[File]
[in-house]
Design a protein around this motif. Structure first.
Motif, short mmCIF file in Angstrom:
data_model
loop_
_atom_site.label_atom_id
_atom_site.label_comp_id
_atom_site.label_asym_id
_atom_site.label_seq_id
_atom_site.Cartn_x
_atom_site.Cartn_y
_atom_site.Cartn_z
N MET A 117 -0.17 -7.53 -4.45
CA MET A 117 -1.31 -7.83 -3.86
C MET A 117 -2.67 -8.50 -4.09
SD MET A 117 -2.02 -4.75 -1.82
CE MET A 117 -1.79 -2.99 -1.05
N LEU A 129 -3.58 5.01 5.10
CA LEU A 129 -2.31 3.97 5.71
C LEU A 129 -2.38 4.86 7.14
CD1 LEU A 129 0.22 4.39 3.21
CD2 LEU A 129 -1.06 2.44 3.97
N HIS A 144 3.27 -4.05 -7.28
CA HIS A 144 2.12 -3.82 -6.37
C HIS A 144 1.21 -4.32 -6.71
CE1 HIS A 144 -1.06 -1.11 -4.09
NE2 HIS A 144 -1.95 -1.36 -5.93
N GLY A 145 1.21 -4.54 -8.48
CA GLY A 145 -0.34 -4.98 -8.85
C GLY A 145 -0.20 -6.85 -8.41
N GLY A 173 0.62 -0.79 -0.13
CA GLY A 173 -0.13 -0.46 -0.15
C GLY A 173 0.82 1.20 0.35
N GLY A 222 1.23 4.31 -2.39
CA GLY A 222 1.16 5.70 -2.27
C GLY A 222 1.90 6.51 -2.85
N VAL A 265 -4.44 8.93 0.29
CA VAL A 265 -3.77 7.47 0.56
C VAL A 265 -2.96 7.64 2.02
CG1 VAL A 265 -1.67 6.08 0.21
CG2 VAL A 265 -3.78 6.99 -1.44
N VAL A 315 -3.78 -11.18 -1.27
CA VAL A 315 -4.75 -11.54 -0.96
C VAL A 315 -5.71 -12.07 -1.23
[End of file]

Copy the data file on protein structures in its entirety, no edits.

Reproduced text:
[in-house]
Design a protein around this motif. Structure first.
Motif, short mmCIF file in Angstrom:
data_model
loop_
_atom_site.label_atom_id
_atom_site.label_comp_id
_atom_site.label_asym_id
_atom_site.label_seq_id
_atom_site.Cartn_x
_atom_site.Cartn_y
_atom_site.Cartn_z
N MET A 117 -0.17 -7.53 -4.45
CA MET A 117 -1.31 -7.83 -3.86
C MET A 117 -2.67 -8.50 -4.09
SD MET A 117 -2.02 -4.75 -1.82
CE MET A 117 -1.79 -2.99 -1.05
N LEU A 129 -3.58 5.01 5.10
CA LEU A 129 -2.31 3.97 5.71
C LEU A 129 -2.38 4.86 7.14
CD1 LEU A 129 0.22 4.39 3.21
CD2 LEU A 129 -1.06 2.44 3.97
N HIS A 144 3.27 -4.05 -7.28
CA HIS A 144 2.12 -3.82 -6.37
C HIS A 144 1.21 -4.32 -6.71
CE1 HIS A 144 -1.06 -1.11 -4.09
NE2 HIS A 144 -1.95 -1.36 -5.93
N GLY A 145 1.21 -4.54 -8.48
CA GLY A 145 -0.34 -4.98 -8.85
C GLY A 145 -0.20 -6.85 -8.41
N GLY A 173 0.62 -0.79 -0.13
CA GLY A 173 -0.13 -0.46 -0.15
C GLY A 173 0.82 1.20 0.35
N GLY A 222 1.23 4.31 -2.39
CA GLY A 222 1.16 5.70 -2.27
C GLY A 222 1.90 6.51 -2.85
N VAL A 265 -4.44 8.93 0.29
CA VAL A 265 -3.77 7.47 0.56
C VAL A 265 -2.96 7.64 2.02
CG1 VAL A 265 -1.67 6.08 0.21
CG2 VAL A 265 -3.78 6.99 -1.44
N VAL A 315 -3.78 -11.18 -1.27
CA VAL A 315 -4.75 -11.54 -0.96
C VAL A 315 -5.71 -12.07 -1.23